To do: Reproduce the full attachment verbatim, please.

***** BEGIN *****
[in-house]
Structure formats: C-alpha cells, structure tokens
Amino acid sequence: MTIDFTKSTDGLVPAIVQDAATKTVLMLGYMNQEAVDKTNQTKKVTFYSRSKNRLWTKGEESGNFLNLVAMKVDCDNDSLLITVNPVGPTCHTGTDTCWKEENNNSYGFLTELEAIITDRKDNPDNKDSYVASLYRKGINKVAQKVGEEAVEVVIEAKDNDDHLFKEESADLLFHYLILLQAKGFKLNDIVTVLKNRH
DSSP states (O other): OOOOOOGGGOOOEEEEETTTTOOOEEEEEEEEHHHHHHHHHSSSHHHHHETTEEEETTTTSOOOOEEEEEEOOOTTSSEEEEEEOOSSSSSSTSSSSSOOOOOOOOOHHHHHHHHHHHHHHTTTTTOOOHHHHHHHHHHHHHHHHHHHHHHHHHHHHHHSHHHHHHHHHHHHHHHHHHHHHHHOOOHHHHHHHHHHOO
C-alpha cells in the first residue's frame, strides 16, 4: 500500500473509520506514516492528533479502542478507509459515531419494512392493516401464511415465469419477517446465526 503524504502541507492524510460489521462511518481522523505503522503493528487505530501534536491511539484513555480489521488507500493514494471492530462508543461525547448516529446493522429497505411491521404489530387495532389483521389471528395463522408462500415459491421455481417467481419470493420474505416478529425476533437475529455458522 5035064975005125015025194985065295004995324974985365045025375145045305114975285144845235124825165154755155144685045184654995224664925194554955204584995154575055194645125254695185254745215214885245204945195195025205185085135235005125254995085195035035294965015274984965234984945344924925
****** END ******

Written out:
[in-house]
Structure formats: C-alpha cells, structure tokens
Amino acid sequence: MTIDFTKSTDGLVPAIVQDAATKTVLMLGYMNQEAVDKTNQTKKVTFYSRSKNRLWTKGEESGNFLNLVAMKVDCDNDSLLITVNPVGPTCHTGTDTCWKEENNNSYGFLTELEAIITDRKDNPDNKDSYVASLYRKGINKVAQKVGEEAVEVVIEAKDNDDHLFKEESADLLFHYLILLQAKGFKLNDIVTVLKNRH
DSSP states (O other): OOOOOOGGGOOOEEEEETTTTOOOEEEEEEEEHHHHHHHHHSSSHHHHHETTEEEETTTTSOOOOEEEEEEOOOTTSSEEEEEEOOSSSSSSTSSSSSOOOOOOOOOHHHHHHHHHHHHHHTTTTTOOOHHHHHHHHHHHHHHHHHHHHHHHHHHHHHHSHHHHHHHHHHHHHHHHHHHHHHHOOOHHHHHHHHHHOO
C-alpha cells in the first residue's frame, strides 16, 4: 500500500473509520506514516492528533479502542478507509459515531419494512392493516401464511415465469419477517446465526 503524504502541507492524510460489521462511518481522523505503522503493528487505530501534536491511539484513555480489521488507500493514494471492530462508543461525547448516529446493522429497505411491521404489530387495532389483521389471528395463522408462500415459491421455481417467481419470493420474505416478529425476533437475529455458522 5035064975005125015025194985065295004995324974985365045025375145045305114975285144845235124825165154755155144685045184654995224664925194554955204584995154575055194645125254695185254745215214885245204945195195025205185085135235005125254995085195035035294965015274984965234984945344924925